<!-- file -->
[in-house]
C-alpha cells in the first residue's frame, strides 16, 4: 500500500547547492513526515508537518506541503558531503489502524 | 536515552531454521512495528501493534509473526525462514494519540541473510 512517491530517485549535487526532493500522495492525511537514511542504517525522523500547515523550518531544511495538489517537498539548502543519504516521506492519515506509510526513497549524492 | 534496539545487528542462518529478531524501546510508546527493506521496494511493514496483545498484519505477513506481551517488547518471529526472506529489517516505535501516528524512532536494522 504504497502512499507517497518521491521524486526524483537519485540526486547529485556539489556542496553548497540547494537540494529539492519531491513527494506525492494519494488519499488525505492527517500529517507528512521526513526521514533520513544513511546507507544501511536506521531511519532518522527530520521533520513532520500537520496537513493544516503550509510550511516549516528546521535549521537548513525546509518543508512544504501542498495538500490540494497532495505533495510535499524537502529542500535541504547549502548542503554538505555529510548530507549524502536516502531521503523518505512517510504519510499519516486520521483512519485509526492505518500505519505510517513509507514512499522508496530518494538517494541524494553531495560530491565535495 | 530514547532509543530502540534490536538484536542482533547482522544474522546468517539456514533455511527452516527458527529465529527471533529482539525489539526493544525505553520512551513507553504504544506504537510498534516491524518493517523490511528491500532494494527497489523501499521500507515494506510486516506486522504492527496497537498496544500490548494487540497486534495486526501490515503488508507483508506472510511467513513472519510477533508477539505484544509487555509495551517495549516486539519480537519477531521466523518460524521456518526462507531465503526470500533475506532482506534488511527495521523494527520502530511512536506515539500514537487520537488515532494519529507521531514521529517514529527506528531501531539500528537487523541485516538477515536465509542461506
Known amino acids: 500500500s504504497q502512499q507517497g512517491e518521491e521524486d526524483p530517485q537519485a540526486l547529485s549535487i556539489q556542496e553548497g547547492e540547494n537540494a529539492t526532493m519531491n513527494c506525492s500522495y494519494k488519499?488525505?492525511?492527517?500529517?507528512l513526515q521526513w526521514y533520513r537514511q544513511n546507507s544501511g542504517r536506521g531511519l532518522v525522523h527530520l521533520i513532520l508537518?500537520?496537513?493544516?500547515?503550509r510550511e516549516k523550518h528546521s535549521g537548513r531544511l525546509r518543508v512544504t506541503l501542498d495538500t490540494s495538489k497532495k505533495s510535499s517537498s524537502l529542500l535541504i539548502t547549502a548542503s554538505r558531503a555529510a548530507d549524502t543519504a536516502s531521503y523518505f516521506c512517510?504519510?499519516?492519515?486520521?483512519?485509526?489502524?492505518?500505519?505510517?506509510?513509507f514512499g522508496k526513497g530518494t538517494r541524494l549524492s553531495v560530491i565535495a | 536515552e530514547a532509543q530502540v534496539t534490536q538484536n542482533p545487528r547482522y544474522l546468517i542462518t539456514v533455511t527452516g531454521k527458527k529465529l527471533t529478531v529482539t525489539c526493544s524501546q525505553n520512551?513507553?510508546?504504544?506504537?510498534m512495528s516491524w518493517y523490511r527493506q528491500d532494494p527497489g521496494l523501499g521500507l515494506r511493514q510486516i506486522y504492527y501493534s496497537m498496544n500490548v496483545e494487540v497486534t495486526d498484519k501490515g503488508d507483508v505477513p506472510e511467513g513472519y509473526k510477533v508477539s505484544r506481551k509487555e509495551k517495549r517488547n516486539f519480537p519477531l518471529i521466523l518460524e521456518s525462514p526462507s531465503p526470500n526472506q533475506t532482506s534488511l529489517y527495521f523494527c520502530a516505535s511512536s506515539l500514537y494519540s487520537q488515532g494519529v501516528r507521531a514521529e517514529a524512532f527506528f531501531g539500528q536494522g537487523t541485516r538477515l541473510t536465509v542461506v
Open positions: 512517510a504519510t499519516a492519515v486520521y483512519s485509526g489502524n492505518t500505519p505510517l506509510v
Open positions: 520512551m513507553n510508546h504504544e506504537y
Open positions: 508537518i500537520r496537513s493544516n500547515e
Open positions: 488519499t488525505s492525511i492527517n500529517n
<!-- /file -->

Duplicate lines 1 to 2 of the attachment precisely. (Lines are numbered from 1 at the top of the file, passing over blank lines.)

[in-house]
C-alpha cells in the first residue's frame, strides 16, 4: 500500500547547492513526515508537518506541503558531503489502524 | 536515552531454521512495528501493534509473526525462514494519540541473510 512517491530517485549535487526532493500522495492525511537514511542504517525522523500547515523550518531544511495538489517537498539548502543519504516521506492519515506509510526513497549524492 | 534496539545487528542462518529478531524501546510508546527493506521496494511493514496483545498484519505477513506481551517488547518471529526472506529489517516505535501516528524512532536494522 504504497502512499507517497518521491521524486526524483537519485540526486547529485556539489556542496553548497540547494537540494529539492519531491513527494506525492494519494488519499488525505492527517500529517507528512521526513526521514533520513544513511546507507544501511536506521531511519532518522527530520521533520513532520500537520496537513493544516503550509510550511516549516528546521535549521537548513525546509518543508512544504501542498495538500490540494497532495505533495510535499524537502529542500535541504547549502548542503554538505555529510548530507549524502536516502531521503523518505512517510504519510499519516486520521483512519485509526492505518500505519505510517513509507514512499522508496530518494538517494541524494553531495560530491565535495 | 530514547532509543530502540534490536538484536542482533547482522544474522546468517539456514533455511527452516527458527529465529527471533529482539525489539526493544525505553520512551513507553504504544506504537510498534516491524518493517523490511528491500532494494527497489523501499521500507515494506510486516506486522504492527496497537498496544500490548494487540497486534495486526501490515503488508507483508506472510511467513513472519510477533508477539505484544509487555509495551517495549516486539519480537519477531521466523518460524521456518526462507531465503526470500533475506532482506534488511527495521523494527520502530511512536506515539500514537487520537488515532494519529507521531514521529517514529527506528531501531539500528537487523541485516538477515536465509542461506